The BLS was kind enough to make a credible Beveridge Curve graph, reprinted below. The Beveridge curve shows the official unemployment rate vs. the job openings rate, over time. If you see a bunch of data points to the far right, that's bad, it means there is long term unemployment and not enough jobs. Look at how we're stuck to the right. September 2011 moved vertical up. That means there are more vacancies but it didn't dent the unemployment rate (i.e. hires). Watch out, this can indicate a skills mismatch, but from other reports, odds are employers are being absurd, expecting superman, in their requirements to hire. The green, representing the 2009 time period, shows how fast we went to the right and the purple, which is 2010, 2011, means we are stuck there. All of that purple line is the last two years and shows the U.S. worker is stuck and stuffed. Look at how awesome 2000 was for landing a job.
Additionally, JOLTS includes part-time jobs and does not make a distinction between part-time, full-time openings The September unemployment report showed a dramatic increase, 5.03%, in people forced into part-time who need full-time work.
For the JOLTS report, the BLS creates some fairly useful graphs, some of which were reprinted here, and they have oodles of additional information in their databases, broken down by occupational area. The Saint Louis Federal Reserve also had loads of graphing tools for JOLTS. Below is a reprint of the BLS bubble graph, and the first thing to note is how health and educational employment dwarfs manufacturing. For economies of scale, we really need to see that manufacturing bubble grow and grow, it's about 11% of the total economy which is not good for a host of reasons.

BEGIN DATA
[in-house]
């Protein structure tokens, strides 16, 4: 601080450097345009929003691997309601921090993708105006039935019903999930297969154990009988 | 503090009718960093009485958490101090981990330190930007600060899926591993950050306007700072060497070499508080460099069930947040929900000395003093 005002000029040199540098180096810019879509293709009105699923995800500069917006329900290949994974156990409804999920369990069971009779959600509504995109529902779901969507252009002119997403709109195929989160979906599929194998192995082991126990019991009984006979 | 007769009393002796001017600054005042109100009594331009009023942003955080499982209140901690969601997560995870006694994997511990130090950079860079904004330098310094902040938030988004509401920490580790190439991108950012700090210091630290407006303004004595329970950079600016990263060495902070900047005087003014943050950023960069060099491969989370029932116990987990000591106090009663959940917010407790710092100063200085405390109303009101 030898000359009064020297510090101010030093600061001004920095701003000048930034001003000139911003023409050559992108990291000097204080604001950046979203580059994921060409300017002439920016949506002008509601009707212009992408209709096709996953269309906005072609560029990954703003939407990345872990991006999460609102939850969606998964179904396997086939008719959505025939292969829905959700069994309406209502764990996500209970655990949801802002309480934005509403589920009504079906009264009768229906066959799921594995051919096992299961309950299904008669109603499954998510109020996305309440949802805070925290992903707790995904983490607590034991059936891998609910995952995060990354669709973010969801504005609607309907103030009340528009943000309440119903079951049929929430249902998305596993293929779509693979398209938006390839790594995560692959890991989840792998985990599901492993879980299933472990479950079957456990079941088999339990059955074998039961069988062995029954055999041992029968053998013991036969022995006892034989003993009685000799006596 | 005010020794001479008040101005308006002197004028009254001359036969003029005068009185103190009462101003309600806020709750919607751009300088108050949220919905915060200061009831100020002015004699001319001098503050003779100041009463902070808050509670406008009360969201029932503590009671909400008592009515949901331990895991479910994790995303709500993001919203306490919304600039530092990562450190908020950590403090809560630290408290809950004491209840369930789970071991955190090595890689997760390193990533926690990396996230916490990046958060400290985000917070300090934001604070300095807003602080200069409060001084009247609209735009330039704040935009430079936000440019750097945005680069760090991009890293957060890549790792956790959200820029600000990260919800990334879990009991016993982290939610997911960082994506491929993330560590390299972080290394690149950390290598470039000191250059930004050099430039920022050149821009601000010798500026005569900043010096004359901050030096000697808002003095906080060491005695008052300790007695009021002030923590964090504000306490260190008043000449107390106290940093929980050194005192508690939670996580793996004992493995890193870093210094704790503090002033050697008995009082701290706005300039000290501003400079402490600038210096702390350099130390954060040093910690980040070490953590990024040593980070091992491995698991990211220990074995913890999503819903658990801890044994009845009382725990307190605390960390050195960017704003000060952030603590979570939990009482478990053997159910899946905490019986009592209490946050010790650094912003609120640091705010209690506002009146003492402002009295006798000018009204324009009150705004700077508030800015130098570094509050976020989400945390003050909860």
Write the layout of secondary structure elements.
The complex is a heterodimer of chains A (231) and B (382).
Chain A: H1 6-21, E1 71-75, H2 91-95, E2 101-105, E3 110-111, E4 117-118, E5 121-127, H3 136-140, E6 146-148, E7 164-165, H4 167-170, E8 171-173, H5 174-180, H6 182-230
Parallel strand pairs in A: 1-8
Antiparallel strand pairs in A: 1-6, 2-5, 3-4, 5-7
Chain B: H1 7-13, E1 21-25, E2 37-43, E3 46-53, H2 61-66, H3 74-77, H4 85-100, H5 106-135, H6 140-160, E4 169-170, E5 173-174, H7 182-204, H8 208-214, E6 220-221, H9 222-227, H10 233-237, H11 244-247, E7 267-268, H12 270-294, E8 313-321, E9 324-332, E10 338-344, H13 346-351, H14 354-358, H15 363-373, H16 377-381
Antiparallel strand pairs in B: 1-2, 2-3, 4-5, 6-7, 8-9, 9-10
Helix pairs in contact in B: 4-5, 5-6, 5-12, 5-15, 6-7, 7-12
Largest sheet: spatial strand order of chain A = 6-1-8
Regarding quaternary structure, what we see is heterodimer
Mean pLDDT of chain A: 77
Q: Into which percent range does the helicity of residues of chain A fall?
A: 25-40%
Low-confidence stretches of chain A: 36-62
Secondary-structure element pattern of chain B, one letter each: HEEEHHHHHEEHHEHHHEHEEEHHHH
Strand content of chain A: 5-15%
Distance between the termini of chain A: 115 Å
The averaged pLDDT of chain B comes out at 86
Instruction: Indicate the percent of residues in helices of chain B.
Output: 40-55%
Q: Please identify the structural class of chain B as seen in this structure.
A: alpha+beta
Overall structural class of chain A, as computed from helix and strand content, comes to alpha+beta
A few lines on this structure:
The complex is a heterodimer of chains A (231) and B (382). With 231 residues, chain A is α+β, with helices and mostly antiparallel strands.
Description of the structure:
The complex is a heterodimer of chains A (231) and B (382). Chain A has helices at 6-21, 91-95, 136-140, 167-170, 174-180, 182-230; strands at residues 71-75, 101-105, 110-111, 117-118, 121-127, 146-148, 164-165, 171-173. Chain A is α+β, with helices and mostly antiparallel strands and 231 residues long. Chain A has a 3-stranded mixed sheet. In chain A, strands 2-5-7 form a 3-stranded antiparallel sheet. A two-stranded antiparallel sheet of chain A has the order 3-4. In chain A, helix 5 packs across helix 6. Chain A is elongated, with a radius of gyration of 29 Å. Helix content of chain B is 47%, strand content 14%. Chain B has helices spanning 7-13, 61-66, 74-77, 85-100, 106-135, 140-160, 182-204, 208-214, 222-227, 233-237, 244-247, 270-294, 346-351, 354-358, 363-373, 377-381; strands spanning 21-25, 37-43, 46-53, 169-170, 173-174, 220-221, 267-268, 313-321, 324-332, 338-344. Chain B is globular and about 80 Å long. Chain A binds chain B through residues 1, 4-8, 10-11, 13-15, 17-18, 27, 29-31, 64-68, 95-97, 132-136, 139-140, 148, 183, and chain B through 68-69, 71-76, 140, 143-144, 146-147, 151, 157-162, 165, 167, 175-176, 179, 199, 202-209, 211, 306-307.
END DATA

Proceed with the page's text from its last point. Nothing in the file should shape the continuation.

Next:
The above bubble graph are job openings to hires rate. A "low bubble" on the right means people are being hired and then some for the jobs available. A "floating ball" up, but to the left means employers are being absurdly picky, which has been a huge problem for getting a job. For example, arts & leisure had a lot of job openings and they hired people to fill them unlike health & education, which left a lot of job openings unfilled.
Professional and technical services is notorious to import workers on foreign guest worker Visas, displacing Americans. Employers and headhunters, contract houses, put out fictional job openings continually, demanding perfect skill matches to the point no one on the globe has that experience, all to justify why they offshore outsource jobs. So, assume job openings are inflated in STEM, which is part of professional and business services.
* is defined as the official unemployed plus people who are in part-time jobs for economic reasons plus the marginally attached. The marginally attached,, are officially not part of the civilian labor force, , and also not seasonally adjusted. The above graph was created by the seasonally adjusted levels of the unemployed, part-time for economic reasons and the marginally attached. The raw U-6 totals can also be calculated by this formula: